Friday, October 30, 2009

Trick-R-Treat Transactions

Tonight is the night thousands of Edmond children look forward to for nearly an entire year. It’s the night when most Edmond homes will have the porch light on welcoming the masquerading mob to “come by our house for Trick-R-Treat”. The Trick-R-Treating goes both ways. Children dress up to receive the treats, but it’s the adults who enjoy seeing the children who receive the best treat of all. It is also an unfortunate fact that there will be some Edmond residents who will become the target of some youth’s “trick” instead of “treat”.

The day of closing on a new home is equally exciting for the new home buyer. Unfortunately some of these transactions are much like Halloween night; closing is promised to be a treat, but instead it turns out to be filled with infuriating tricks.

George Carlton is a veteran real estate professional with Keller William Edmond, who has seen just about everything that can go wrong with a closing. But still even he is sometimes shocked at the changes that are passed down from some lenders even after the buyers have been pre-approved. Carlton relates this story. “The day before closing our seller loaded up the contents of their house in a moving van and started out for their new home in Atlanta. That same day the underwriter for the lender discovered something in the borrower’s application that caused them to deny the mortgage. Now our sellers are forced to live out the nightmare of finding a way to make two mortgage payments and deal with the stress of moving the family half-way across the country.”

Short sales are becoming a regular part of the real estate landscape. A short sale is a housing transaction where the amount owed against the property exceeds the market value. The lender must decide whether or not they will agree to settle the mortgage for less than it actually owed by the borrower. Without question, this type of transaction holds some of the greatest opportunity or surprise.

“Short sales are terrifying because most sellers don’t know what they are doing”, says Morrie Shepherd, Owner/Broker of Metro First Realty, OKC. Sellers in this “short” position typically wait too long before contacting a real estate professional experienced in short sales. Shepherd says the best advice for sellers in this position is to, “start early; don’t wait for the notice of the Sherriff sale to contact a short sale specialist.”

The short sale transaction is filled with more potential traps and surprises than are found in an Indiana Jones movie. Shepherd says, “One of the most terrifying aspects of these transactions is the seller find themselves held captive by the lender”. Because the lender holds the note they control any negotiation for a short sale. If you find yourself in this situation, who are you going to call? Ghostbusters can’t help, Shepherd recommends, “Call a real estate professional experienced in short sales.”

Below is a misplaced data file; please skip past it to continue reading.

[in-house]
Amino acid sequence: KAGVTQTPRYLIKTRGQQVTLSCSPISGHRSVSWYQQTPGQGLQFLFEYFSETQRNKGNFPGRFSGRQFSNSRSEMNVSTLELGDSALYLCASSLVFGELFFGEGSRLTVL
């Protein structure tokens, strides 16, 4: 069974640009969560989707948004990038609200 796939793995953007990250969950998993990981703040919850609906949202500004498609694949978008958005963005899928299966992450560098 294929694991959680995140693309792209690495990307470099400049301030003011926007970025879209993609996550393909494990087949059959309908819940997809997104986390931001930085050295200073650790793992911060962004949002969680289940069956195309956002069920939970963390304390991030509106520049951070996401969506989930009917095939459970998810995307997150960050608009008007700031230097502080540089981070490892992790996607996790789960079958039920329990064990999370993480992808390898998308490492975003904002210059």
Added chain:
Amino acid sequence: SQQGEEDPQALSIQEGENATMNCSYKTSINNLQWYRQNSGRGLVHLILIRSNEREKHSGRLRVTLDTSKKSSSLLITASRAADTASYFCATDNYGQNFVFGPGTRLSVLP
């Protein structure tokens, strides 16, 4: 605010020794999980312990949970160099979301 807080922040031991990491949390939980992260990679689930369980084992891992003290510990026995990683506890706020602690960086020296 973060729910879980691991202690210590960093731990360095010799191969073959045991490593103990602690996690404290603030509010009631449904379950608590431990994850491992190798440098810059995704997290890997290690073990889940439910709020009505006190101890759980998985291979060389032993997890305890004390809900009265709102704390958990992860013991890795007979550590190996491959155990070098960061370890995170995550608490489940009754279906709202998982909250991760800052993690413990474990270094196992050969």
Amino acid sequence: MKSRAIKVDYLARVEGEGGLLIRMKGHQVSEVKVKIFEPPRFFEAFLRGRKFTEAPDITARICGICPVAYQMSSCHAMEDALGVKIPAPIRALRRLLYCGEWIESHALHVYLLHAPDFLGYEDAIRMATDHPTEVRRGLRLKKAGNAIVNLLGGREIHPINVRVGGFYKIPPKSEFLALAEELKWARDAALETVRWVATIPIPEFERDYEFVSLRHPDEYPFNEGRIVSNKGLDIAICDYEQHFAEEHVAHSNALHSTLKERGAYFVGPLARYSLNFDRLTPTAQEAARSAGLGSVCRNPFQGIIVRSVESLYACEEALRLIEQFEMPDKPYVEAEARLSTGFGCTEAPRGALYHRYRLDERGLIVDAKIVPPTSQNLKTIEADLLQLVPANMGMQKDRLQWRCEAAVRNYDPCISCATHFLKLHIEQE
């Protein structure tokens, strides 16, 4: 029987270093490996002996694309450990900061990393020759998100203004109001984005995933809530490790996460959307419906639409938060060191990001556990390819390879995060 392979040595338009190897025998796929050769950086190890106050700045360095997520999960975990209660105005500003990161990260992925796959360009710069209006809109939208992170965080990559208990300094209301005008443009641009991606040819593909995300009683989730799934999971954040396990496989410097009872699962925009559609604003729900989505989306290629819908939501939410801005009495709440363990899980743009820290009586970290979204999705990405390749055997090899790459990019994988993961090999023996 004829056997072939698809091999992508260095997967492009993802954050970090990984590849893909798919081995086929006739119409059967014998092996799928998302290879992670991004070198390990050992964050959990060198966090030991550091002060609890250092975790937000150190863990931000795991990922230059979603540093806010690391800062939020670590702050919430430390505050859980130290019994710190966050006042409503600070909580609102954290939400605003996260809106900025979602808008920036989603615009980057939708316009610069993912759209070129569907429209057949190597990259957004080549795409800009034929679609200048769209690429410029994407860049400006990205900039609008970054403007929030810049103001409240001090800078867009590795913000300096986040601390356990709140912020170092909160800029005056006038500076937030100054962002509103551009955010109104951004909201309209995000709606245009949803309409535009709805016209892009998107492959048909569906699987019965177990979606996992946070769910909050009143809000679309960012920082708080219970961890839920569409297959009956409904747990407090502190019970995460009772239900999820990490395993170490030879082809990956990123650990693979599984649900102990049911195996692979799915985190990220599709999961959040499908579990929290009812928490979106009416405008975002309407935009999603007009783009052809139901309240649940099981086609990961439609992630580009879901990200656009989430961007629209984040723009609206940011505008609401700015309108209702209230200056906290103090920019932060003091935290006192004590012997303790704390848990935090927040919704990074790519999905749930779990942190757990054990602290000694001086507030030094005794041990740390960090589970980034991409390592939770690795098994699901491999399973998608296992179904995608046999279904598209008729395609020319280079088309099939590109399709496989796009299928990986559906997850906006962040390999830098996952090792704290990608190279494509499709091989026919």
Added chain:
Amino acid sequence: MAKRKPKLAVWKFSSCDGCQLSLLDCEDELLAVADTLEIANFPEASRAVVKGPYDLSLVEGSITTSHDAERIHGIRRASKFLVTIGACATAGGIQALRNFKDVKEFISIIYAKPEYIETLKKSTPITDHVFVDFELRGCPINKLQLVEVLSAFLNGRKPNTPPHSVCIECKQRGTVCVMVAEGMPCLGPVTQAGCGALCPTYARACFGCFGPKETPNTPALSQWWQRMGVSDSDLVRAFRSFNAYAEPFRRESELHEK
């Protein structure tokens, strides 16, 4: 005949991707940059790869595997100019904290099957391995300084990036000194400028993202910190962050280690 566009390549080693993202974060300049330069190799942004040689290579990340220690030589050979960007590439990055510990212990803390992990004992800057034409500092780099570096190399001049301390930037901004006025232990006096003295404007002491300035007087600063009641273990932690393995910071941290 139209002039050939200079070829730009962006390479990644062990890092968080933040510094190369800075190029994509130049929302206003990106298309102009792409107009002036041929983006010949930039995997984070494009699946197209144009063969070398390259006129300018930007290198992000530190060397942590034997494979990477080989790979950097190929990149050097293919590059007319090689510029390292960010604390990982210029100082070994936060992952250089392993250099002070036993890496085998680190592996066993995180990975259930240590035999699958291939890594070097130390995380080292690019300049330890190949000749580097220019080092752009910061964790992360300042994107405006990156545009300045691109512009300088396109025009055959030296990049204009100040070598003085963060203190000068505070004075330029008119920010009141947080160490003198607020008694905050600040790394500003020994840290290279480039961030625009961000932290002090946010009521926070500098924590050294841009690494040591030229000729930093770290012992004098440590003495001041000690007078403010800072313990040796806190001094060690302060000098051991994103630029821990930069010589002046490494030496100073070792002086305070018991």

First time home buyers have found a great incentive in the $8,000 tax credit offered by Uncle Sam. This program is scheduled to end November 31, 2009 but it appears that congress will extend a modified version of this program until April 30, 2010. More to come when congress makes their final decision and announces the details of the program.

Eric Rognas is a real estate professional also with Keller Williams Edmond. He recently represented a young couple buying a home wanting to take advantage of the $8,000 tax credit as well as the monies available from the City of Edmond Community Development Block Grant (CDBG). When using down payment assistance funds the borrower’s file must pass underwriting from the lender as well as a battery of tests from the CDBG. In this couple’s example, their file passed the lender’s underwriting but failed one of the CDBG tests the day of closing.

The wife’s mother had co-signed with the couple and when her income was calculated together with the couple’s income, it exceeded the allowable limits established by the CDBG. Everyone scrambled, new documents were signed, the closing was delayed by a day and the couple closed on the house. But due to the changes, the funds for the transaction were not distributed for an additional three days. What a horror story for everyone involved.